When autumn's chill creeps into the air, the animals with which we share this urban area begin looking for snug winter retreats.

Most people are not aware of the large wild animal population that exists in a big city. But when an animal decides to move in with you, or to transform your garbage can into an all-night diner, awareness is thrust upon you . There is little choice.

Most complaints deal with possums and squirrels. Sometimes raccoons, and sometimes wild cats. Not wildcats but cats that run wild. If you cross one, you could be forgiven for thinking it was a wildcat.

Squirrels move into attics and chimneys when the weather gets cold. They are not easily persuaded to move out.

Possums and raccoons break into garbage cans. They take what they want and strew the remainder over a wide area. Householders who are visited by such anmals dislike cleaning up after them, but many wonder how to get rid of the pests humanely. Most people prefer not to harm animals.

"Get a new can with a top that fits snugly," a neighbor advises. The new can is bought, but it is opened by the possum as easily as he opened the old can. "Buy a tight spring that runs from handle to handle and across the top of the can," another neighbor suggests. Your friendly neighborhood hardware merchant knows just what you want. And the possum knows just how to get the spring off. He's strong, and he's smart. So you put some bricks on top of the snug lid that's held in place by a heavy spring on your new can. In the morning, you find the bricks on the ground, the spring sprung, the lid off, and garbage all over the place as before.

Is there no way to deal with nocturnal visitors? Readers tell me there is one thing that can be done. It is successful, at least temporarily.

Call your local Humane Society and borrow or rent a humane animal trap. Bait the trap with food. When you catch a possum, take him to a wooded area and open the trap. The possum will flee at high speed. So will cats and squirrels, I'm told. Your troubles will be over until other animals move into your neighborhood, or come up out of the sewers in which many take refuge. i

One reader reported that he caught a possum one night and the next morning released it in Rock Creek Park. That night, his garbage can was raided again.The next night, he caught another possum. "The second one was mad as hell," he told me. But when the second one was released, "it made a beeline for the same tree the first one had disappeared into."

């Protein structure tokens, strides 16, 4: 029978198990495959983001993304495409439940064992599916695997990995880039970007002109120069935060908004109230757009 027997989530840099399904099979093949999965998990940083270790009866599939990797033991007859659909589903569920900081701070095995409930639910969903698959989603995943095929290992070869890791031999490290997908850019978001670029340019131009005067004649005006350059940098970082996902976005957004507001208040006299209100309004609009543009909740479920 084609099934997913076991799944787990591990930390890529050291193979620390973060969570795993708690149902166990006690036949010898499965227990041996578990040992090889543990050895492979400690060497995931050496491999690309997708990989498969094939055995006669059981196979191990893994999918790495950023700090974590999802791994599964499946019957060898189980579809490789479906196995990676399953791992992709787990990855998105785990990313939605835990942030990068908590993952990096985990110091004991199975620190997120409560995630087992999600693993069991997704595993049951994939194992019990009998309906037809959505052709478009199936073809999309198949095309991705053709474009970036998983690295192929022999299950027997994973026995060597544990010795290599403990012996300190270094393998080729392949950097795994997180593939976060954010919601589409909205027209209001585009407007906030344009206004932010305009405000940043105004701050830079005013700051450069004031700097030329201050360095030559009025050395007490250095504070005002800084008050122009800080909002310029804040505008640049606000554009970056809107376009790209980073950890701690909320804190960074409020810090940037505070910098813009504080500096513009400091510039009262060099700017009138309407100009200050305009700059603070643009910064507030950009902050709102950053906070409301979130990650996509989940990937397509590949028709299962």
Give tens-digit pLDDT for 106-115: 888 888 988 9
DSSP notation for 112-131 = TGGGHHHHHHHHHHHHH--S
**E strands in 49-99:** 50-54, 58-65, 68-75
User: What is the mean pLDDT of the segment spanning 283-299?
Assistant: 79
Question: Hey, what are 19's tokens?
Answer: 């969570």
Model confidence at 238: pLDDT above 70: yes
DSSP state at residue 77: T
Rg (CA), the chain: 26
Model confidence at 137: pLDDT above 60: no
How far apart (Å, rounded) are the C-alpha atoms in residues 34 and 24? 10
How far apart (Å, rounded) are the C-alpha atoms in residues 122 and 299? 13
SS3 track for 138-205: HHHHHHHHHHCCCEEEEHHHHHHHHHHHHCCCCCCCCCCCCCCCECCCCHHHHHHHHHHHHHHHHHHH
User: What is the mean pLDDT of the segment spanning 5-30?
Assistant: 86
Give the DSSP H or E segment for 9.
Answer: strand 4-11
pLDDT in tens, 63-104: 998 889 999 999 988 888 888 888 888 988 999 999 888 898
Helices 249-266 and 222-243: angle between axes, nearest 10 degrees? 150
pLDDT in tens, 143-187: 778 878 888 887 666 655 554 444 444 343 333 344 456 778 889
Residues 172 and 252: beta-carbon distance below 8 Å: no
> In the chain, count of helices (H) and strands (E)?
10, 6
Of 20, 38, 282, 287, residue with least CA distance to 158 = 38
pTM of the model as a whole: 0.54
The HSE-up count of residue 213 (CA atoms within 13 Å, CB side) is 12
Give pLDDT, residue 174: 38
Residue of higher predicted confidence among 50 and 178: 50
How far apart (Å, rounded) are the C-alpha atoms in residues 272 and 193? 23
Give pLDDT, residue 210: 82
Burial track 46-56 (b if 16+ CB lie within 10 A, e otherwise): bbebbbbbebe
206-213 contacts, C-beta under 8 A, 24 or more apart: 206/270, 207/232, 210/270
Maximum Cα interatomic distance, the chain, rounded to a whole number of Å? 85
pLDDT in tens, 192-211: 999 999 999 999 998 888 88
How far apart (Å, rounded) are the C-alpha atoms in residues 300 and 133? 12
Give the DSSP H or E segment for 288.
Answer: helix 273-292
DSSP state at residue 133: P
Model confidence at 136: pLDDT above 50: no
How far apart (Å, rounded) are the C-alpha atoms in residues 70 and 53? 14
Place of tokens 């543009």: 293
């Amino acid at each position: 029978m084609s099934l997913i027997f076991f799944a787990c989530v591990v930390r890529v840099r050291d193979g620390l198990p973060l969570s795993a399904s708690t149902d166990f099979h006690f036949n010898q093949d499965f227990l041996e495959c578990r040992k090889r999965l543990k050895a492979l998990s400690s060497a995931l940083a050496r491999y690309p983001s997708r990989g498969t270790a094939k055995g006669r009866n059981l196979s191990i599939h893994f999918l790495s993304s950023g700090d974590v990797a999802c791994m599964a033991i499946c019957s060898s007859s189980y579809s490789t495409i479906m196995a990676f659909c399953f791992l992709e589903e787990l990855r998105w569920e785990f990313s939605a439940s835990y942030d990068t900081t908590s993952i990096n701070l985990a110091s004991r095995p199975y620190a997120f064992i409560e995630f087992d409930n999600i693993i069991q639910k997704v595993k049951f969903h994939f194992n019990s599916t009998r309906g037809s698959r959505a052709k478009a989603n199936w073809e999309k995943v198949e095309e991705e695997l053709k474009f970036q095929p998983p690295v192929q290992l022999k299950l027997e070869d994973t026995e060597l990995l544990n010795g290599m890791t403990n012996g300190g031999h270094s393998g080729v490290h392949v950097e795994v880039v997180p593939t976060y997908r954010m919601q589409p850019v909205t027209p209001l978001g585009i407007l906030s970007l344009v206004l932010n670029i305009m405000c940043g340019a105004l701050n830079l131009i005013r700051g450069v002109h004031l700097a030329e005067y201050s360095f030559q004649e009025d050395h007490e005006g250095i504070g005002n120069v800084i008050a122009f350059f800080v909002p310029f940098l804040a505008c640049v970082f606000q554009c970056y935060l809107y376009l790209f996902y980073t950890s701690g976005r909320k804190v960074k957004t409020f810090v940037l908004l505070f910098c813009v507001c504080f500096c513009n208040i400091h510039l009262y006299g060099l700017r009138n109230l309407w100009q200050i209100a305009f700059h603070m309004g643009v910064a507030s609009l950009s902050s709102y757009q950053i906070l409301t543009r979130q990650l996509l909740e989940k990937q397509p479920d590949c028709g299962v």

If you look in the phone book for the number of your local Humane Society, keep in mind that there is a national organization, which is not what you want, and there are local groups, most of which will be what you do want.

The one in the District of Columbia is at 7319 Georgia Ave. NW (about two blocks short of the District line). Its phone number is 333-4010. Its phones are usually answered between 10:30 a.m. and 4:30 p.m., Monday through Saturday, but the staff consists of only six people and sometimes the person in the office must go out on an emergency call. If you call at such a time, you get an answering service. Later somebody calls you back.

The Washington Humane Society does not charge for its animal traps or its advice on how to use them. You can borrow a trap for a week by putting down a $20 deposit.

The society is a nonprofit organization and gets no government funds. It exists on voluntary contributions. If you borrow a trap that helps rid you of unwanted guests, a voluntary contribution is a nice way to say "Thank you."

Keep in mind that local societies are not branches of the national organization. Each has its own rules and regulations. "The Alexandria chapter, for example, does not place a dog for adoption in a home outside Alexandria. We do." The "we" refers to the Washington group, which will place an animal for adoption in any home that seems suitable after an investigation. SMILE A WHILE

The November issue of Changing Times has arrived with its usual assortment of interesting comments. Have a few free samples:

"There are three ways to stretch your food budget: Plan meals carefully. But in bulk. Have Thanksgiving dinner at mother's house."

"Speaking of corporate takeovers, we just heard about the Indiana housewife who accumulated enough cents-off coupons to gain control of the company that issued them."

"If you're introduced to a mortgage banker at any time in the next few months, the correct salutation is, 'Hi!'"

"American ingenuity lost" Nonsense! Why, right now we're brewing more foreign beers than all the rest of the world combined."